The right words to meet your business goals
As a client, when you receive a draft piece of digital advertising or informational copy from your media agency, you might not realise it has been written to match the expectations and demands of three separate audiences. Simultaneously.
Corporate communications have always juggled multiple goals. That’s no different in digital marketing. What it is different are the goals themselves, and, for the first time, one of the goals is to write for an audience that is not human.
Consider the reading audiences for a webpage:
Your customer. This is the reader who you want to engage with and be moved by the page’s message. This might mean a sales response, or teaching them something, or getting them to share/like/follow. Your customer needs your page to be readable, useful, human and coherent.
Google (or any other search engine). All up, Google has ‘read’ something like 30 trillion webpages. What this really means is that Google’s systems have checked, cross-referenced, judged and indexed every public page they can reach. Google likes webpage text that has good formatting, relevant keywords and has what its ever-more-sophisticated software can recognise as natural and grammatically correct language.
You. As a client of a media agency, you are equally important as a reader as the other two. Your webpages are your prepared statements to the world. You’ll want to be comfortable with what you are going to say and then be ready to continue the conversations you’re starting. The re-reading, editing, re-writing and collaborating process you undertake with your agency might even mean you are the single person who spends the most time reading your webpages. Especially after the copy is signed off and the site launched.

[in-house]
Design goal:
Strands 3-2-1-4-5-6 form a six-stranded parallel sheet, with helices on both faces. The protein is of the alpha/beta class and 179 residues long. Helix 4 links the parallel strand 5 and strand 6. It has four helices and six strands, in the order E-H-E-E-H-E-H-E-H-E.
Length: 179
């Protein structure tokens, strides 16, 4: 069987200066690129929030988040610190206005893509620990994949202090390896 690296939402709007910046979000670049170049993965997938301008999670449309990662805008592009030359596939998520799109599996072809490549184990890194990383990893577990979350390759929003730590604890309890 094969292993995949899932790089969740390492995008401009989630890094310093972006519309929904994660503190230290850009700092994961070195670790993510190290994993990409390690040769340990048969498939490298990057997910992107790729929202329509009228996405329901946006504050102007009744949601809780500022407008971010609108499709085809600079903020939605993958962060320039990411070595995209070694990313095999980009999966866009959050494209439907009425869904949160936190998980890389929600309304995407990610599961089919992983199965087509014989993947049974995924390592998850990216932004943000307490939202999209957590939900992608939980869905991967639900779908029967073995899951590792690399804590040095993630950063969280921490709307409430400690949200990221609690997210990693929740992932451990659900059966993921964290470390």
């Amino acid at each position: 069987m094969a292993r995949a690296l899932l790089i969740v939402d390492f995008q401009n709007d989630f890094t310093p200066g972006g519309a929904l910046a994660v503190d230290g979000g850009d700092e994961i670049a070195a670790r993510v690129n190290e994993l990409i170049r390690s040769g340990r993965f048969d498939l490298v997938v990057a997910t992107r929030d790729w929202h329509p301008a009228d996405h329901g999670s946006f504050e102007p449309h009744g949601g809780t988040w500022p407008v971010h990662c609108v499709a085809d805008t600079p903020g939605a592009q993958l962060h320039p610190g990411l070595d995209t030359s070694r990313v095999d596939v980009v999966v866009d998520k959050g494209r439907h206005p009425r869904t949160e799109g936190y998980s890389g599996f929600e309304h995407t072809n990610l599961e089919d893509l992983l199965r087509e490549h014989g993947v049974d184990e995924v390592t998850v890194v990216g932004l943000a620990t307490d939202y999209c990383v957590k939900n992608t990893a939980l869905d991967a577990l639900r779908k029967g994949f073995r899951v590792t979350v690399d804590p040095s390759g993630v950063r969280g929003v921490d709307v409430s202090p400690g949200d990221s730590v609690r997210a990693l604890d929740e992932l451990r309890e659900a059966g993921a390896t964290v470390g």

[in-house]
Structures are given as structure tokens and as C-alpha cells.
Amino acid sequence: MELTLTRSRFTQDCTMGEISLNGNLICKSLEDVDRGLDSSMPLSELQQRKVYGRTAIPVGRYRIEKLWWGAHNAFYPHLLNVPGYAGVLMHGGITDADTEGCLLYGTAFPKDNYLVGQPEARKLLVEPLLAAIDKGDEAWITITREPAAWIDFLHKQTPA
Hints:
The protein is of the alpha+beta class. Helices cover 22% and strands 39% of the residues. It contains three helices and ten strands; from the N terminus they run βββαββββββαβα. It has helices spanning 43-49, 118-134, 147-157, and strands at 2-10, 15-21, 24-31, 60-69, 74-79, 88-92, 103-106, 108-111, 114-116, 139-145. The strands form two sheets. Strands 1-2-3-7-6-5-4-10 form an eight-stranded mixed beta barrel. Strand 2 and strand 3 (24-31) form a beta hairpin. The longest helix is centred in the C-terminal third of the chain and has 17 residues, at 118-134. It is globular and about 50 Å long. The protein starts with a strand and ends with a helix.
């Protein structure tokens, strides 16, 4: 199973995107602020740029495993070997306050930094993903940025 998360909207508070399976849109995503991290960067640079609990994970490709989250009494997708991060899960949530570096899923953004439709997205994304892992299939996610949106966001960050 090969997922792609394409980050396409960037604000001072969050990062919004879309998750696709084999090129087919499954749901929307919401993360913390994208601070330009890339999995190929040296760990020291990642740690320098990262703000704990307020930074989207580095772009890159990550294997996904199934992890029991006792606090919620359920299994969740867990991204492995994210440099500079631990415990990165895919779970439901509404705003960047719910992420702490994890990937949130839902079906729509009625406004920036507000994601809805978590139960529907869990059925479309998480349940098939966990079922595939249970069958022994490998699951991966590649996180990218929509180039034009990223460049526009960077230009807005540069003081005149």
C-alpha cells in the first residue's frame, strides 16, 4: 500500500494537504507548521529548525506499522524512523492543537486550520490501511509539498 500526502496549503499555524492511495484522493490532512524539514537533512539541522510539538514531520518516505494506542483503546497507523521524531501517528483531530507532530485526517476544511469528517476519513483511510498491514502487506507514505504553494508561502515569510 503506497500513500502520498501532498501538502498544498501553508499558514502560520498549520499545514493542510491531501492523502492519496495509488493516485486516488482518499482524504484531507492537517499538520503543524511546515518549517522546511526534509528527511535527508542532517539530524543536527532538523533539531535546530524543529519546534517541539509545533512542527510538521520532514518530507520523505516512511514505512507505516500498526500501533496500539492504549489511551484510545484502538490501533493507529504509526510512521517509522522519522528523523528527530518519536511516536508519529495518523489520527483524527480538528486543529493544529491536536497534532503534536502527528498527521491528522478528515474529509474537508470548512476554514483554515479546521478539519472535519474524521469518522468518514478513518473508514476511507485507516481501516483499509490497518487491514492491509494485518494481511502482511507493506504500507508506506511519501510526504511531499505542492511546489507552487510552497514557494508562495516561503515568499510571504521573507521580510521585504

Who is the most important?
Well, that depends. You know your business better than anyone: you embody your brand. A writer’s job is to encapsulate that persona to create something that sounds like you – but better, and which with matches the specific needs of the other two audiences.
For example, you might want a strong sales message, but customer analytics might show prospects come to your site for information, not to transact.
Customers might also want to know other things that don’t seem relevant to your goals: Does your showroom have public transport access? Is your premises child friendly? Where do you ship from?
Meanwhile, a search engine’s algorithm might have technical demands that are at odds with your branding and vision or what your customers want. Or both.
Balancing the readers seamlessly
There can be real conflicts between what you want to say, what your customers want to read and the heads and tails a search engine can make of the compromise between. In the middle – crafting, rewriting, advocating and advising – is your content and copy writer.
This is the person who’ll produce something that matches the:
- Branding and business goals of what you want to say
- Clarity and usefulness of what your customers want to know
- Keywords and formats that search engines are sensitised to
Without letting one set of needs obstruct another, a good content and copy writer can achieve best practice for each. Simultaneously.